Fashion-designer-turned-artist Rogan Gregory reflects upon his shift of creative medium: “The problem is that it’s almost like I’m not taking any risks, because I don’t know what rules I’m breaking.” He first began his career at the helm of several eco-friendly fashion brands with a focus on social responsibility, like Edun, the luxury Bono-backed label, as well as his eponymous line, Rogan. After finding success with the 2007 CFDA/Vogue Fashion Fund Award, Gregory realized his role was more business-oriented than creator, which offered him little joy. “I tried to apply my skills to managing a company, but my creativity was better realized as an artist, rather than in finance or production,” he tells Cultured, recalling making the leap to becoming a full-time artist. “I really enjoy making one-of-one pieces as opposed to one of 10,000, but the only way you earn a living in fashion is to duplicate things. Managing a company in the fashion industry led to burnout, and I had no choice but to do what I should have been doing in the first place.”
The pivot from fabric to utilizing clay, wood, and bronze wasn’t completely foreign to Gregory. As a child he would build totem poles and geodesic domes, or tan hides with his professor father. “My dad was industrious but he was also a maker. I got a lot of my arts and crafts education from him,” he explains. Moving from the Midwest to Canada to North Africa as a child, Gregory was able to absorb the influences of the various natural environments around him, and it’s evident in his work, which draws upon the ways humans interact with ecological systems. “I like the idea of the life cycle. I juxtapose how far we’ve come as animals with the sterile existence we live in now.”
This deep-rooted fascination with our primordial existence can be best seen in two of Gregory’s series of works, “Fertility Form” and “Sentient Space.” The former explores sexual intercourse, fertilization of cells, and cell division, while the latter came from imagining distant planets not yet discovered and relating those lifeforms to what may exist in the depths of our oceans. The results are chairs, pendant lamps, rugs, or freeform sculptures that feature distinctively amorphous shapes. The choice to eschew harsh lines is deliberate. “I don’t do symmetry or 90-degree angles, which are the foundations of modern society. It feels processed since you don’t find two-by-fours in nature,” he says.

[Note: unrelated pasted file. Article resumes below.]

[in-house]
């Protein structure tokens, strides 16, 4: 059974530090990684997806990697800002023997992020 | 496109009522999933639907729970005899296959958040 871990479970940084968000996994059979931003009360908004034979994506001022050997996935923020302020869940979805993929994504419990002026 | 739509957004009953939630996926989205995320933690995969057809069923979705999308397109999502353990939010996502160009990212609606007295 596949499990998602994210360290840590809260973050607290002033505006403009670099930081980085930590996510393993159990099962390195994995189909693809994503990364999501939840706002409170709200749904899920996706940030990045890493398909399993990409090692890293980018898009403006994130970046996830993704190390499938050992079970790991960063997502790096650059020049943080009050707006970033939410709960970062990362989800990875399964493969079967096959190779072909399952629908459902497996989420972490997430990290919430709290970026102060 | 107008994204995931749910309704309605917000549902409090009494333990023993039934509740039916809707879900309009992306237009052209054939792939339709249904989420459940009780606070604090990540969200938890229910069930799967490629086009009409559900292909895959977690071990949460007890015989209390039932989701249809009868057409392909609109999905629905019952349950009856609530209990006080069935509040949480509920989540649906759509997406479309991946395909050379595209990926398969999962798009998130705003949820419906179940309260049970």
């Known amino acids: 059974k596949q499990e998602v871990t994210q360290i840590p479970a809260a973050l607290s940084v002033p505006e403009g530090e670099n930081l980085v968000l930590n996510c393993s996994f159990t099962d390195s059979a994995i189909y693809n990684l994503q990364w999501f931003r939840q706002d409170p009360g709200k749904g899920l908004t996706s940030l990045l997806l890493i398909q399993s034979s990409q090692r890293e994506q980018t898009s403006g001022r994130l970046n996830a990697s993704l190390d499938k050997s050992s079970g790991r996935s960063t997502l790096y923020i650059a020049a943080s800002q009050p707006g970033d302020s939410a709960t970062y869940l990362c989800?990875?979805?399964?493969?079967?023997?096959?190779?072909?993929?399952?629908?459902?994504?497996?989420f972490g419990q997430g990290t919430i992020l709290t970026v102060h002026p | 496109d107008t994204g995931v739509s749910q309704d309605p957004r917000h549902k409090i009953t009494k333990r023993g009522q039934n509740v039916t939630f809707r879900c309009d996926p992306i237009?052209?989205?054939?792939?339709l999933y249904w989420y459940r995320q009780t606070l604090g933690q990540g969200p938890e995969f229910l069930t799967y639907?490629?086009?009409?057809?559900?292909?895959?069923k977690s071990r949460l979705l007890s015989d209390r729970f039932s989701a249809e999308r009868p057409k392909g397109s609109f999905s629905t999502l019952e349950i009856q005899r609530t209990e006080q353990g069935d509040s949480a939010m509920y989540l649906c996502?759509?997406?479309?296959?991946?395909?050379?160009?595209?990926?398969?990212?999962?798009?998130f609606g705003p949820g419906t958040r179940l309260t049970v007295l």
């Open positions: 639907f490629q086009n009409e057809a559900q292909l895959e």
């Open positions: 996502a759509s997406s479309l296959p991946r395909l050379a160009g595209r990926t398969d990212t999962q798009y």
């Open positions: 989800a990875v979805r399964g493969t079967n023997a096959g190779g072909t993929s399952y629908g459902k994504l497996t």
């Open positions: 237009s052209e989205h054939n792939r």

For Gregory’s new New York show, “Rogan Gregory: Imperfect Truth,” which opens at R & Company tomorrow and runs until October 28, he is drawing from his life in Los Angeles. “I’ve been using a lot of materials like bronze, palm wood, and gypsum since I’ve been in California.” While he may not be loyal to any singular medium, the same amorphous shapes remain his signature. “Drawing on familiar forms that are derived from the natural world is what I do. Even if you don’t recognize exactly what my intent is, the familiarity gives a sense of sentience,” he says.
There’s an assuredness to Gregory’s work, even if his friends and family weren’t completely sold on his pivot at first. “I was at a point in my life where it was a risk to change careers completely, and I have to say there was not one person—including my wife—that thought it was a good idea,” he laughs. Naturally, it all worked out but Gregory had no doubts, viewing his shift more philosophically, “People refer to me sometimes as an artist, sometimes as a designer—I live in the luxury of a nebulous purgatory. Sometimes I make things that are purely sculptural, but sometimes I make things you can sit on or things that can be lit. My father never sought conventions, and neither do I.”
“Imperfect Truth” is on view at R & Company from September 9 to October 28, 2022 at 64 White Street, New York, New York 10013.